2. Know What Birds Are in Your Area<p>When I began to pay more attention to the birds just outside my apartment building, I started to learn what species have always been around me: European starlings, house sparrows, blue jays, black capped chickadees, and the occasional red-bellied woodpecker. They had always been there, but I hadn't ever taken the time to identify them. Once you learn to <a href="https://www.audubon.org/news/get-know-these-20-common-birds_" target="_blank" rel="noopener noreferrer">recognize common birds</a> in your area, you'll be able to identify the typical species right outside your window and in your community. Of course, permanent residential birds in your neighborhood will <a href="https://nestwatch.org/learn/focal-species/" target="_blank" rel="noopener noreferrer">vary by region</a>, as will those migrating through it.</p>
3. Get Out and Explore<p>Venturing elsewhere might allow you to spot some different species beyond those frequenting your backyard. Anywhere with water or greenery offers a place for birding; as an urbanite myself, I've found that even small- and mid-sized parks in New York City allow me to find more elusive birds (although Central Park takes the crown for an afternoon of urban birding).</p><p>If you are able to travel a bit further from home, <a href="https://www.fws.gov/refuges/" target="_blank">national wildlife refuges</a> and <a href="https://www.americasstateparks.org/" target="_blank" rel="noopener noreferrer">state/national parks</a> are excellent places to explore bird habitats and perhaps log some less-common sightings. The American Birding Association also lists <a href="https://www.aba.org/aba-area-birding-trails/" target="_blank" rel="noopener noreferrer">birding trails by state</a>, and Audubon and BirdLife International identify <a href="https://www.audubon.org/important-bird-areas" target="_blank" rel="noopener noreferrer">Important Bird Areas (IBAs)</a> across the country – important bird habitats and iconic places that activists are fighting to protect – where birders can spot birds of significance.</p>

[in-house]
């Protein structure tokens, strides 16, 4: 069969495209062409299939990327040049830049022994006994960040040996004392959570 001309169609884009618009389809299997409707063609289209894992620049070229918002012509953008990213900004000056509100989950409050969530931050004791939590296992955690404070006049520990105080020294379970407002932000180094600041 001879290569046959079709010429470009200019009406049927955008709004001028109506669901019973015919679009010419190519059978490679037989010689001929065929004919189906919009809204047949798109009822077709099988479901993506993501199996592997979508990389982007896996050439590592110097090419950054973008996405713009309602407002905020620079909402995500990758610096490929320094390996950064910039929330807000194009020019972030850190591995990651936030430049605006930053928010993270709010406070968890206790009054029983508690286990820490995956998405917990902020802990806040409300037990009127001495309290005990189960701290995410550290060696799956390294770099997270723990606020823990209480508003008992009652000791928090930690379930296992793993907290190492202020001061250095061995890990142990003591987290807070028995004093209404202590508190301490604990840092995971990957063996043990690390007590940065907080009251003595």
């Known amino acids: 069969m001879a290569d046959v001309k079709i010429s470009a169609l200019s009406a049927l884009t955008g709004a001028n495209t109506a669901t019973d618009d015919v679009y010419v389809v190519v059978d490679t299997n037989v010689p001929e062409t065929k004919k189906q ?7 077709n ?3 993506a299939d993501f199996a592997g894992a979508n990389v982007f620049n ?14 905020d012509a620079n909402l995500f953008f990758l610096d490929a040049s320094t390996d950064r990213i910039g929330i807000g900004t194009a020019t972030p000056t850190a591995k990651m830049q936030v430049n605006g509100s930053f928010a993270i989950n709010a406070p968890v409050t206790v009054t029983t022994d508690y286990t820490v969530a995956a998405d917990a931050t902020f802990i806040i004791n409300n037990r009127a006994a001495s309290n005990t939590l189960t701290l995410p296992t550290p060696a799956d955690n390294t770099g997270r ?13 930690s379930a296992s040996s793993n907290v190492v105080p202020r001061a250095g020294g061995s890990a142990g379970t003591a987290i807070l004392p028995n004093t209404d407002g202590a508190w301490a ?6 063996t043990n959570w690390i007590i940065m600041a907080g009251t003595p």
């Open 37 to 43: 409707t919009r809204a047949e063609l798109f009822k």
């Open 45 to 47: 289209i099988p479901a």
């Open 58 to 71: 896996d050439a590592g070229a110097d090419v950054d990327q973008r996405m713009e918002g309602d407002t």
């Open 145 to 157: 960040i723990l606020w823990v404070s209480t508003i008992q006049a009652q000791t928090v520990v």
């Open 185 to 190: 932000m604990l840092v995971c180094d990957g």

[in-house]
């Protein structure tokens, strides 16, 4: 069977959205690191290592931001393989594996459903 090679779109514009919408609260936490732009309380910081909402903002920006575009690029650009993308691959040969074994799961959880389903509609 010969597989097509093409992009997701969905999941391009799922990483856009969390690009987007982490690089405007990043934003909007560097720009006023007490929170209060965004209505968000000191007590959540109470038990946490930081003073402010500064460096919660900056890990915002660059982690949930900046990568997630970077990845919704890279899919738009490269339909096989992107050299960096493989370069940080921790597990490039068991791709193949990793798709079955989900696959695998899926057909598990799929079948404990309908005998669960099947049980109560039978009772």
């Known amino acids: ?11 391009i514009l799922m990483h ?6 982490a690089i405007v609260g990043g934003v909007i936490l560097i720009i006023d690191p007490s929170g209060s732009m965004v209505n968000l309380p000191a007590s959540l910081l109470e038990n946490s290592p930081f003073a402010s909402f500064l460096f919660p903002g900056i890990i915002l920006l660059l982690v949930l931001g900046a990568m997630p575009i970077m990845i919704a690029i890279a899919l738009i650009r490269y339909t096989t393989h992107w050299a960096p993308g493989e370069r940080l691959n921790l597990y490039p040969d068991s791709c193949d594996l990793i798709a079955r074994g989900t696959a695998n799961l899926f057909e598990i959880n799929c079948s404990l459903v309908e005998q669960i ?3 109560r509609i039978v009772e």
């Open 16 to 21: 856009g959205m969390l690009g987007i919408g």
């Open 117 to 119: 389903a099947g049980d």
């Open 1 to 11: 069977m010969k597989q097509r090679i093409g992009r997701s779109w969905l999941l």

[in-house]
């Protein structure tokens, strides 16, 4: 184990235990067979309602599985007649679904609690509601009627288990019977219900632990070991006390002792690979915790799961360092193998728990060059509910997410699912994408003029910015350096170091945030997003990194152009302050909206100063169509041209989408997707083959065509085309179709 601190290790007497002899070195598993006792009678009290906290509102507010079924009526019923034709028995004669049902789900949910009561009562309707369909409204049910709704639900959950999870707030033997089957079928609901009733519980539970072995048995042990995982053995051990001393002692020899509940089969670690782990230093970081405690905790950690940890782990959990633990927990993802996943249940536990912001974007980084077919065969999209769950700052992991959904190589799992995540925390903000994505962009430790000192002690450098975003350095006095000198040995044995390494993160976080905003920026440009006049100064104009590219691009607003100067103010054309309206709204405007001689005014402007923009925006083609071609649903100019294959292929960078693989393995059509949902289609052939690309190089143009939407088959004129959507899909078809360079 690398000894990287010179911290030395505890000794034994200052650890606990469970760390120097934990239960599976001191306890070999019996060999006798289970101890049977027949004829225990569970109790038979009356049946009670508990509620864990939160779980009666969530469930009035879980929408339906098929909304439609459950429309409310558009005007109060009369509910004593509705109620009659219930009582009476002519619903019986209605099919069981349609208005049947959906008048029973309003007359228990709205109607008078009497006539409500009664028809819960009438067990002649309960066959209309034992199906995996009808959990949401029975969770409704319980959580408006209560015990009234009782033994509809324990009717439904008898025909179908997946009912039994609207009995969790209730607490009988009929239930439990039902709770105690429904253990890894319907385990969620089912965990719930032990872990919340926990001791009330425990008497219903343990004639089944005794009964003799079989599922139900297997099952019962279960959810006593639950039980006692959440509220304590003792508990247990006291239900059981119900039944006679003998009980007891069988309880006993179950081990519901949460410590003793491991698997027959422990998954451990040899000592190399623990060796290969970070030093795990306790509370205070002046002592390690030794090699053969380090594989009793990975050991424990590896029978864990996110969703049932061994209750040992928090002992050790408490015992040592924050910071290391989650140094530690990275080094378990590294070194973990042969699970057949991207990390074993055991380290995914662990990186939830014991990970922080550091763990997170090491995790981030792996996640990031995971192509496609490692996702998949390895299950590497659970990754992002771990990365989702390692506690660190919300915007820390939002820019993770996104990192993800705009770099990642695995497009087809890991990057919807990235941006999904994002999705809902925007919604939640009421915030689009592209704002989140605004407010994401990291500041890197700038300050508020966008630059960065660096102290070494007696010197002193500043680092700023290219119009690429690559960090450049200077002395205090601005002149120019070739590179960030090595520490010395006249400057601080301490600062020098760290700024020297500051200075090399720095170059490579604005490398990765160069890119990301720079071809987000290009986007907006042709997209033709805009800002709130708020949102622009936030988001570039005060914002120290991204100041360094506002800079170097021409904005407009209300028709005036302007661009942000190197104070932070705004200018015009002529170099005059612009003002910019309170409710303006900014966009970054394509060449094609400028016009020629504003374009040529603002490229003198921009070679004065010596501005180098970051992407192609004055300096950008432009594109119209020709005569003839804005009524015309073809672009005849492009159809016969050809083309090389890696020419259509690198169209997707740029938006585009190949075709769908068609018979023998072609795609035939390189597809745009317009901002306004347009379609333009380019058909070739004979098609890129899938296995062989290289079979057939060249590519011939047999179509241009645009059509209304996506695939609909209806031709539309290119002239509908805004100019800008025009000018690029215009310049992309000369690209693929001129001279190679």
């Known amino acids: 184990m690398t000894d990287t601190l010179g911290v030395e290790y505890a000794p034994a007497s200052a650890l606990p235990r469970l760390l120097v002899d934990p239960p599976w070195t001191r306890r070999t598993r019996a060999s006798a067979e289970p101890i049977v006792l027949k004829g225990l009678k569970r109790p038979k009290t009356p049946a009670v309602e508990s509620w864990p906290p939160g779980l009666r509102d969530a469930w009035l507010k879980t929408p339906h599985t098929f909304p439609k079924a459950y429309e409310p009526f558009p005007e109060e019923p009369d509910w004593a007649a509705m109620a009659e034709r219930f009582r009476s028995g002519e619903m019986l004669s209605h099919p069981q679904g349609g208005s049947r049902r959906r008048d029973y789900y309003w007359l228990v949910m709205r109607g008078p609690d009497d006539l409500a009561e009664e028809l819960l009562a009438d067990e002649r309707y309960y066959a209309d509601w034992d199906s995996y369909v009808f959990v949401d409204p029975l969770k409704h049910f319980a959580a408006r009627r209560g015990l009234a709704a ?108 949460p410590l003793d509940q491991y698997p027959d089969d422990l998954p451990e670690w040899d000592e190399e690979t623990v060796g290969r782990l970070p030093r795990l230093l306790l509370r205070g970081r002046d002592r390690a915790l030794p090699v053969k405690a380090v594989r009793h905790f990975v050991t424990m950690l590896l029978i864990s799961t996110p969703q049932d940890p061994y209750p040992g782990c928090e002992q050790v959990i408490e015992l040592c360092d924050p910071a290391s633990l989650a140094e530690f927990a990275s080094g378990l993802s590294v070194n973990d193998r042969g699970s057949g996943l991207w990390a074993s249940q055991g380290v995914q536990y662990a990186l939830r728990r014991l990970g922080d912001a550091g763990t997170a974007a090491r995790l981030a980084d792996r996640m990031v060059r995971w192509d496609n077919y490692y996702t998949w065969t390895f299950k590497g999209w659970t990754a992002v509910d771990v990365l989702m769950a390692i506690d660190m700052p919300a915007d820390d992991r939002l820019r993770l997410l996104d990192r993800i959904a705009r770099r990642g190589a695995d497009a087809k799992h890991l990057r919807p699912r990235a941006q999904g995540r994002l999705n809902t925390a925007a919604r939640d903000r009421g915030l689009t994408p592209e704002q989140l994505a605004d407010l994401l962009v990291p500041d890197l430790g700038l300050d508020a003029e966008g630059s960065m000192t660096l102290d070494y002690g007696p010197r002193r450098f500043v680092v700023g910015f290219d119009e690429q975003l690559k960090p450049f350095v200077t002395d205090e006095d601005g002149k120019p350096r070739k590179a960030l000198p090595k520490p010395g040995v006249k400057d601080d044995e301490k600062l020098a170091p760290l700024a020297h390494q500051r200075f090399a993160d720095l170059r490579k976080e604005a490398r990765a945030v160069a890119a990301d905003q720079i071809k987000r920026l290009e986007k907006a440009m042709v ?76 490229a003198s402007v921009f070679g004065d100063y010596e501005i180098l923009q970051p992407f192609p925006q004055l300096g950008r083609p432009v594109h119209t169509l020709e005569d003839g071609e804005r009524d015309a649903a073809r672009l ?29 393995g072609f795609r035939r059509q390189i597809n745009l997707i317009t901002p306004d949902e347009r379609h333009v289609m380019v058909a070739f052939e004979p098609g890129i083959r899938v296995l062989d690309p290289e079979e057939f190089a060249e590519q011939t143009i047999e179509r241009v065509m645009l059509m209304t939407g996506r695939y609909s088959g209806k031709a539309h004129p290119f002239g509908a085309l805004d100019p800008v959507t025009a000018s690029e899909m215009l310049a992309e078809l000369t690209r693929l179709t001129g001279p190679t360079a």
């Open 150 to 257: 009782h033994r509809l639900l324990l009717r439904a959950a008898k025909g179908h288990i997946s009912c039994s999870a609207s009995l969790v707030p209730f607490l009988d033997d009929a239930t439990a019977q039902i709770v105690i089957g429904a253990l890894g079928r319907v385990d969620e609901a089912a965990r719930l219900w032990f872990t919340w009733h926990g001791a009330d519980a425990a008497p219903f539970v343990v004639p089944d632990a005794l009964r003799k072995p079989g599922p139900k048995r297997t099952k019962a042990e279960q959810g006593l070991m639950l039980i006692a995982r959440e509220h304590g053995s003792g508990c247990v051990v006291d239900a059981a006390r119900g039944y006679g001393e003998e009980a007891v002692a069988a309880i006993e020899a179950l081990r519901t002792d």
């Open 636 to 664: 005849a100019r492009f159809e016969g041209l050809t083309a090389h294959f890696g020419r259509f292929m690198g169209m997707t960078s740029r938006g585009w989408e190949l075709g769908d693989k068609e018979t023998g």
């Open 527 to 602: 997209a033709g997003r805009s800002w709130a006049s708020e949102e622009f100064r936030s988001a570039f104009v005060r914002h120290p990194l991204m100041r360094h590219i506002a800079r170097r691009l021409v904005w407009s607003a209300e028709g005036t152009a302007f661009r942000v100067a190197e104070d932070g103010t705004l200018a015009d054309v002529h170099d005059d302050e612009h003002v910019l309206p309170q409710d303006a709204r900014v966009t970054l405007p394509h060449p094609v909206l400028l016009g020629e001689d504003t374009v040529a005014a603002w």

4. Finding a Bird: Stop, Look, Listen, Repeat<p>The National Audubon Society recommends the "<a href="https://www.audubon.org/news/how-find-bird" target="_blank">stop, look, listen, repeat</a>" mantra when seeking and identifying birds.</p><p>First and foremost, spotting birds requires attention. Stopping – getting out of the car, pausing on the sidewalk, trail, or in the backyard to look up – is the most important step.</p><p>When looking for birds, try to avoid gazing wildly around; rather, scan your surroundings, focusing on any odd shapes or shadows, trying to think about where a bird might perch (power lines, fence posts, branches), or keep an eye on the sky for flying eagles and hawks. In open areas like fields and beaches, you might have a more panoramic view, and can take in different sections of the landscape at a time. Look around with the naked eye before reaching for the binoculars to hone in.</p><p>While it can be hard to sift through the noise, listening for birds is perhaps an even more important element of bird watching than looking. Once you spend more time in the field, you'll be able to parse apart the racket and identify specific species, especially aided by Audubon's Bird Guide app or by learning from their <a href="https://www.audubon.org/section/birding-ear" target="_blank">Birding by Ear series</a>.</p><p>Repeat this pattern as you continue on your way, stopping to look and listen for birds as you go, rather than waiting for them to come to you. </p>